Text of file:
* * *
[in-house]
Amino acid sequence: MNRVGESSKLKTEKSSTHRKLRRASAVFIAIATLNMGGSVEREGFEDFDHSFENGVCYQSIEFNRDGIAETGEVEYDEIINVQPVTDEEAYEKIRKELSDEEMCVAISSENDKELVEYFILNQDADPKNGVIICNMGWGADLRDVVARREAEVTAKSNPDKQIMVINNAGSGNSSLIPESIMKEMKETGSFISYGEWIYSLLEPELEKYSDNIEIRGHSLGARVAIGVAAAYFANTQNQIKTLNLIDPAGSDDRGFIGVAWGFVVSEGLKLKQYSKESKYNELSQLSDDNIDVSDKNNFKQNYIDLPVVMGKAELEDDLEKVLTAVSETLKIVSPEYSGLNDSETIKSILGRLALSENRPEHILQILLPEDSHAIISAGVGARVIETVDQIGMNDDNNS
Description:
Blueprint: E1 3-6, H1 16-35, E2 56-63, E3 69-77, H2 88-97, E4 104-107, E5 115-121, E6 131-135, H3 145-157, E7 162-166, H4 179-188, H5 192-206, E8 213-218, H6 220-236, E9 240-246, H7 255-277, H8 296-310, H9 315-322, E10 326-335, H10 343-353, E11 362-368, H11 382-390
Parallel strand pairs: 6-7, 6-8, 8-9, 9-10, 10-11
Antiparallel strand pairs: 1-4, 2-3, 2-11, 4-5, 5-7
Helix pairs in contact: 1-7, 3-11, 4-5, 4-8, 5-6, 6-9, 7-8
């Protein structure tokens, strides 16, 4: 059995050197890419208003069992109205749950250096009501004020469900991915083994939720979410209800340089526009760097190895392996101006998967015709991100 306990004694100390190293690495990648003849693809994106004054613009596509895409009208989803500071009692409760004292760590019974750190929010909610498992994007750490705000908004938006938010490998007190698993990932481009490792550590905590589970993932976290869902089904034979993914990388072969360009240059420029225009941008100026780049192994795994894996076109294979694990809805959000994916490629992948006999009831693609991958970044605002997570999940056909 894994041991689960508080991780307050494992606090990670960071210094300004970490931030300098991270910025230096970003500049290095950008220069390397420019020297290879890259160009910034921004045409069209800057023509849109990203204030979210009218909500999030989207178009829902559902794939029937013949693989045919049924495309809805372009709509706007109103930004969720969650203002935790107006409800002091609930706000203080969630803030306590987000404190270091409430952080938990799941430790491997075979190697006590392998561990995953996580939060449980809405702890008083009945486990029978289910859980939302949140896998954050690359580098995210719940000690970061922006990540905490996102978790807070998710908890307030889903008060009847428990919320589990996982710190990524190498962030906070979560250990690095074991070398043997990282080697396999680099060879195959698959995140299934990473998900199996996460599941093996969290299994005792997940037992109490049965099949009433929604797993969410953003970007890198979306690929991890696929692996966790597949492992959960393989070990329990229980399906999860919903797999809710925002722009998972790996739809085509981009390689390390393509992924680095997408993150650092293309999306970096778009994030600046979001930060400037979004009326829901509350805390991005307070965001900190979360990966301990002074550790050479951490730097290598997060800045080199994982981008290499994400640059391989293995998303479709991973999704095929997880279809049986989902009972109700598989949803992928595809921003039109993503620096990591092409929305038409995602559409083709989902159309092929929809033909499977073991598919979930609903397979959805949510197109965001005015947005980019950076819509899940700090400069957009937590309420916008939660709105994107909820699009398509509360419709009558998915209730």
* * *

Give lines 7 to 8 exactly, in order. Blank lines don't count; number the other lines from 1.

Helix pairs in contact: 1-7, 3-11, 4-5, 4-8, 5-6, 6-9, 7-8
């Protein structure tokens, strides 16, 4: 059995050197890419208003069992109205749950250096009501004020469900991915083994939720979410209800340089526009760097190895392996101006998967015709991100 306990004694100390190293690495990648003849693809994106004054613009596509895409009208989803500071009692409760004292760590019974750190929010909610498992994007750490705000908004938006938010490998007190698993990932481009490792550590905590589970993932976290869902089904034979993914990388072969360009240059420029225009941008100026780049192994795994894996076109294979694990809805959000994916490629992948006999009831693609991958970044605002997570999940056909 894994041991689960508080991780307050494992606090990670960071210094300004970490931030300098991270910025230096970003500049290095950008220069390397420019020297290879890259160009910034921004045409069209800057023509849109990203204030979210009218909500999030989207178009829902559902794939029937013949693989045919049924495309809805372009709509706007109103930004969720969650203002935790107006409800002091609930706000203080969630803030306590987000404190270091409430952080938990799941430790491997075979190697006590392998561990995953996580939060449980809405702890008083009945486990029978289910859980939302949140896998954050690359580098995210719940000690970061922006990540905490996102978790807070998710908890307030889903008060009847428990919320589990996982710190990524190498962030906070979560250990690095074991070398043997990282080697396999680099060879195959698959995140299934990473998900199996996460599941093996969290299994005792997940037992109490049965099949009433929604797993969410953003970007890198979306690929991890696929692996966790597949492992959960393989070990329990229980399906999860919903797999809710925002722009998972790996739809085509981009390689390390393509992924680095997408993150650092293309999306970096778009994030600046979001930060400037979004009326829901509350805390991005307070965001900190979360990966301990002074550790050479951490730097290598997060800045080199994982981008290499994400640059391989293995998303479709991973999704095929997880279809049986989902009972109700598989949803992928595809921003039109993503620096990591092409929305038409995602559409083709989902159309092929929809033909499977073991598919979930609903397979959805949510197109965001005015947005980019950076819509899940700090400069957009937590309420916008939660709105994107909820699009398509509360419709009558998915209730």